Students turned their research into two-page handouts that were posted online and shared with classmates in their tutorial section. Students were also assigned to review and evaluate three other handouts.

"Students were introduced to dozens of overlooked scientists and gained a deeper appreciation for the importance of equity, diversity and inclusion in science," says Laura.

It's a lesson Sarissya learned in researching Dr. Salam. "I'd never heard of Dr. Salam before our Overlooked Scientists project. I did a quick Google search and was immediately impressed by all of his scientific accomplishments and wanted to learn more. Dr. Salam made history in 1979 when he became the first Pakistani and Muslim to receive a Nobel Prize in science. Yet despite all of his achievements and contributions, Dr. Salam has been largely forgotten in the country where he was born because of his religious beliefs".

Faculty of Science Research Chair Call For Nominations

Michael Brook, Allison Williams, Kari Dalnoki-Veress (top row) and Louis Schmidt, Gillian Goward and Martin Gibala

Searching For Next Trio of Research Chairs

Three faculty members will join Michael Brook, Allison Williams, Kari Dalnoki-Veress (top row) and Louis Schmidt, Gillian Goward and Martin Gibala later this year as Faculty of Science Research Chairs.

Nominations are being accepted until Feb. 23 at 4 p.m. (download the nomination form here). The Office of the Associate Dean, Research & External Relations launched the Faculty of Science Research Chair program in 2018 to recognize faculty members deserving of recognition for their research excellence.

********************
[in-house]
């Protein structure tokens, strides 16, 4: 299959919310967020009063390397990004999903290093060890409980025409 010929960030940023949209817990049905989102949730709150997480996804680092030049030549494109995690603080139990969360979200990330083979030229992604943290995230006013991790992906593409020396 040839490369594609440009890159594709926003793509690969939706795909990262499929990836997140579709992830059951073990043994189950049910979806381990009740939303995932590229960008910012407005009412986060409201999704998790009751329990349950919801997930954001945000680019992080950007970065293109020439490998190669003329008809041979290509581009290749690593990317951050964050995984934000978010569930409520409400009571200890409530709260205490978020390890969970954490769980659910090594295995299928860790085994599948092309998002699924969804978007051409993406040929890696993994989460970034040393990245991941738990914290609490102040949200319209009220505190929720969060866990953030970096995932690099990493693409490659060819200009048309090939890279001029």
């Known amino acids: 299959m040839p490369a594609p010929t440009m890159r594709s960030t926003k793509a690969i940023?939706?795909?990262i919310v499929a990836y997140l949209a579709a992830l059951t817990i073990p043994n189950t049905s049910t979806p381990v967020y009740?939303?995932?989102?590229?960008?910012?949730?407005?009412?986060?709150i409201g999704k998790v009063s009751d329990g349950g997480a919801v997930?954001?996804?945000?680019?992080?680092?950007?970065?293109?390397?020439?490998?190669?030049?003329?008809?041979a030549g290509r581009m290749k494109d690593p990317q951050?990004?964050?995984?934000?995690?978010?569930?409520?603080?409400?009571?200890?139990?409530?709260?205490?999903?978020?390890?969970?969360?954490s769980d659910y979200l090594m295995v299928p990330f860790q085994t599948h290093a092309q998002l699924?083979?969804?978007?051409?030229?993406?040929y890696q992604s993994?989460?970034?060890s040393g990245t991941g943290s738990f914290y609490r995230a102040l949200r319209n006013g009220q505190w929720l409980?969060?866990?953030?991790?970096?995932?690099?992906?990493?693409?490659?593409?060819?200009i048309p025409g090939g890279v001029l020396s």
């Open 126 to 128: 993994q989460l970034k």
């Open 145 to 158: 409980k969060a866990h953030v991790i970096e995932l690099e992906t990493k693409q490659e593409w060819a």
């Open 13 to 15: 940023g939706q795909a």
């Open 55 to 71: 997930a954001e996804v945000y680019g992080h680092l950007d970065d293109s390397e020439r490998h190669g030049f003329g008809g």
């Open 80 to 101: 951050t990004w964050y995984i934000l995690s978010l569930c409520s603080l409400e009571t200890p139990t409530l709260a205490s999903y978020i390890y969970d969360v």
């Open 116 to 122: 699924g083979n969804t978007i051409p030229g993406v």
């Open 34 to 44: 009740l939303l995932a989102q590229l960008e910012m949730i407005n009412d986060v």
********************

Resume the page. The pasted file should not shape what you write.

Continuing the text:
In addition to holding the title of Science Research Chair, each Chair receives an annual $15,000 research stipend for three years and one three-unit term of teaching release to dedicate to research efforts. Chairs can be renewed for an additional three-year term without the research stipend and teaching release.

Candidates can be nominated by a colleague or self-nominated. Juliet Daniel, Acting Associate Dean of Research & External Relations, will strike a committee to evaluate candidates based on research excellence, excellence in research training and alignment with the Faculty's strategic research priorities. Contributions to advancing equity, diversity and inclusion will also be considered.

For more information, contact Katelyn McKay, Research Administrative Assistant at mckayk16@mcmaster.ca.

President and Provost Meet With Advisory Board

John Brennan
McMaster President David Farrar was the opening act and John Brennan gave an encore performance for members of the Dean's External Advisory Board.

John BrennanPresident Farrar led off last month's virtual meeting with an update on McMaster's strategic plan. John, who'd met with the advisory board last May to talk about his work as Director of the Biointerfaces Institute, returned to give an update on COVID-19 rapid tests. Provost Susan Tighe also met with the Advisory Board for a conversation about the future of enrolment, virtual learning, micro-credentialing and career planning supports for students.

Dean Maureen MacDonald updated the advisory board on earlier discussions about succession planning and leadership development; equity, diversity and inclusion practices; and commercialization of research. Maureen then gave the advisory board an overview of the Faculty of Science's budget and strategic plans.

Ten scientists and business leaders were recruited to the advisory board in 2019 to share their expertise and insights with the Dean and Associate Deans and also serve as ambassadors for the Faculty of Science in their professional and personal networks.